A Poppy
A Poppy

Memorials & Monuments
on the Isle of Wight
- People -
- Newchurch - George William Squibb -


George William Squibb, Auxiliary Fire Service


Biography from the Book of Remembrance, All Saints Church, Newchurch, Isle of Wight.
Biographical information

The oldest member of this Parish to lay down his life in World War II was GEORGE WILLIAM SQUIBB of 'Grove House', Ventnor Road, Apse Heath, who was 62 years old when he was killed by enemy action at Shanklin on 17th February 1943. Although he was, and had been since the formation of a local unit during the early months of the War, a member of the Auxiliary Fire Service, he was engaged in his employment as a building worker when he met his death.

George Squibb was born at Alverstone on 31st May 1881, the year of the great snow and his schooldays were spent attending Brading School. On leaving school he took employment on the Alverstone Estate and soon rose to the position of Lord Alverstone's gamekeeper, keeping watch over Borthwood and Youngwoods and a position of some responsibility bearing in mind the shooting parties organised by the then Lord Chief Justice for his friends in the legal world. George married Alice Barton, member of a local family, and lived at the house later known as La Bassee at Queenbower. He and his wife attended the Bible Christian Chapel at Borthwood where for some years he acted as sidesman. Mr and Mrs Squibb had one son.

In World War I George Squibb joined the 2/7th Batallion of the Hampshire Regiment and he saw active service in India and Mesopotamia. After the War, on the death of Lord Alverstone and the subsequent split-up of the Alverstone Estate, he took casual work round and about the area and he moved to Grove House at Apse Heath. For some years he was employed by the Apse Heath Brickyard digging sand at the Apse sandpit but after sustaining injuries in a fall of sand he took employment in the building trade.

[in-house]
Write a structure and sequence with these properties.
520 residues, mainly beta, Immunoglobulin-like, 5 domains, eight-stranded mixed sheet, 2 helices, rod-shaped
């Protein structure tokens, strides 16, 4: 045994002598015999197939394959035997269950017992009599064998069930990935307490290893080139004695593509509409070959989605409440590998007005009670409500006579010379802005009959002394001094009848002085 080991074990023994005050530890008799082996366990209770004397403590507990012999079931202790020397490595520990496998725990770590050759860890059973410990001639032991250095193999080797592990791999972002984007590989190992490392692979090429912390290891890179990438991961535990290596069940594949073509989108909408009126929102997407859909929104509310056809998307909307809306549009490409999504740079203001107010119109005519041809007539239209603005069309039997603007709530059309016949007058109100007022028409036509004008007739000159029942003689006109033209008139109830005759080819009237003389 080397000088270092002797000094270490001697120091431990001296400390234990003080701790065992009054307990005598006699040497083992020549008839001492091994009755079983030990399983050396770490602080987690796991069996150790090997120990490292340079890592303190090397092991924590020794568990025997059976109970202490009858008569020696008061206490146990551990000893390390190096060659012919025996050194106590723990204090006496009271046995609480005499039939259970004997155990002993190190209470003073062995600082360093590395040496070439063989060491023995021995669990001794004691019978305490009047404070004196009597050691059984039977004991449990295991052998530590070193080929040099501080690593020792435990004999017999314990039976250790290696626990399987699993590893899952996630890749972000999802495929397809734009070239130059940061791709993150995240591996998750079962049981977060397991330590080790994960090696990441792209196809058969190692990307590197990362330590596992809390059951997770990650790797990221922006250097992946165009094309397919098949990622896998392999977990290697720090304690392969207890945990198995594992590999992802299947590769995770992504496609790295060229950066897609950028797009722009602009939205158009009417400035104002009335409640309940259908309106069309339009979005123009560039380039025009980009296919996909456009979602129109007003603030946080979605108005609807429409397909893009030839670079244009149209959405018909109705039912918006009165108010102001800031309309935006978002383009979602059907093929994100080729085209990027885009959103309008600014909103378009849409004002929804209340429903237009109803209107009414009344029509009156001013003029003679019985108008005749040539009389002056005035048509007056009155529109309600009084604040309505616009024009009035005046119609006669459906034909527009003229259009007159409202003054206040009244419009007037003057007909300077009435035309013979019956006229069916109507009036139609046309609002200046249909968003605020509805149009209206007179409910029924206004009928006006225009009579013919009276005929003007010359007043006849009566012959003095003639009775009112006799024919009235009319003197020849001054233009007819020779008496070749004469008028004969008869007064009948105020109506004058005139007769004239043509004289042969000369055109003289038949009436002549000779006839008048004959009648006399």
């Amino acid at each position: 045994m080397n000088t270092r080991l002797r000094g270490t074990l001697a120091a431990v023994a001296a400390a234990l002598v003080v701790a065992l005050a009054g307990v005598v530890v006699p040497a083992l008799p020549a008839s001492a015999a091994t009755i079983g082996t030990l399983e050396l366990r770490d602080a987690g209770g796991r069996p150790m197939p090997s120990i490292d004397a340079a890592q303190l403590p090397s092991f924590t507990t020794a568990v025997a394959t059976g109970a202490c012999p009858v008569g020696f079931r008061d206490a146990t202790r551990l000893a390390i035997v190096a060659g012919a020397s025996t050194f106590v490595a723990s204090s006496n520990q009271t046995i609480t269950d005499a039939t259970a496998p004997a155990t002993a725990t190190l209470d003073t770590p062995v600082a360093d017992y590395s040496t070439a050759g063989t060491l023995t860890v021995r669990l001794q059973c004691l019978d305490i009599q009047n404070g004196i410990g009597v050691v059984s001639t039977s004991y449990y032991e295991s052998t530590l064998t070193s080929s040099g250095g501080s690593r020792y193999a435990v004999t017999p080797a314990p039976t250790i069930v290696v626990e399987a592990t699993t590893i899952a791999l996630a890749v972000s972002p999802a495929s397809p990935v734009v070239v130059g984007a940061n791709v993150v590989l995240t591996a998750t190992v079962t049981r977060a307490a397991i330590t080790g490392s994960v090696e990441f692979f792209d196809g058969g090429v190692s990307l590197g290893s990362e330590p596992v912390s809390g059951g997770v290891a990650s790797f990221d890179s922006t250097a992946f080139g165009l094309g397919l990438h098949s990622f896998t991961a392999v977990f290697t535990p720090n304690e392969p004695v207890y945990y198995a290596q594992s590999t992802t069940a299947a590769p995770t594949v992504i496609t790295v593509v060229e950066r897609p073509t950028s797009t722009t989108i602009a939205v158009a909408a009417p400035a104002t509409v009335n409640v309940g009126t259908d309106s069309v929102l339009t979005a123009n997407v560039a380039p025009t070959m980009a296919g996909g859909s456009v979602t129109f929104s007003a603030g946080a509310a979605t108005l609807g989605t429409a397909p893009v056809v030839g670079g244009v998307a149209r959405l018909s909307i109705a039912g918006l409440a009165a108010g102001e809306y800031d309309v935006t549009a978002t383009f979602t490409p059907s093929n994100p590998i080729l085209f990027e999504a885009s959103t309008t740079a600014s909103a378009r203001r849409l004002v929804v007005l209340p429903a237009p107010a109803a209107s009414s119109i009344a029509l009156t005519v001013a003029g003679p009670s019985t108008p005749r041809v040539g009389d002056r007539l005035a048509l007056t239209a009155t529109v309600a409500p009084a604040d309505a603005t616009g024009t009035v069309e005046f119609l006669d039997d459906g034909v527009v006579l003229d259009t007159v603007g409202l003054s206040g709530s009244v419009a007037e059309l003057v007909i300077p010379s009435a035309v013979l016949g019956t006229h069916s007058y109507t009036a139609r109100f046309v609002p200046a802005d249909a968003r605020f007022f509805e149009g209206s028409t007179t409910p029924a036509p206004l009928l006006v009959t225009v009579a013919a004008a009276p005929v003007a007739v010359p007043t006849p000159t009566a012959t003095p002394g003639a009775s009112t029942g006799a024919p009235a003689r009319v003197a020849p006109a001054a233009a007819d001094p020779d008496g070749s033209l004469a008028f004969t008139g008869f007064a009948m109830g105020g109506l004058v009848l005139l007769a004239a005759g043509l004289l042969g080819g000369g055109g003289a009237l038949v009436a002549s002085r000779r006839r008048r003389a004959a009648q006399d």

Mr and Mrs Squibb were solid and much respected members of the little community at Apse Heath and both took an active part in the life of the village. They were both staunch members of the Methodist Chapel and George was for some years treasurer of the Apse Heath Football Club. He was a kindly man and many of his neighbours had reason to be grateful for little acts of kindness by him in times of sorrow and distress.

During World War II he was employed by Brading & Blundell, Builders of Shanklin, and in 1940 he was badly injured in an accident involving the lorry on which he was travelling to work and in which accident a number of his fellow workers were killed.

On the 17th February 1943 George William Squibb was working at Landguard House on the corner of Landguard Road and Carter Road at Shanklin when enemy fighter-bombers carried out a lightning raid on the town. Several bombs were dropped on Shanklin, one landing on and partly demolishing Landguard House as a result of which George was killed instantly by the falling debris. By a sad twist of fate he was killed on the day his young next-door neighbour Leonard Taylor, whose name is in this Book of Remembrance was being laid to rest at Newchurch Cemetery.

CWGC record ...



Site designed by Community Internet Services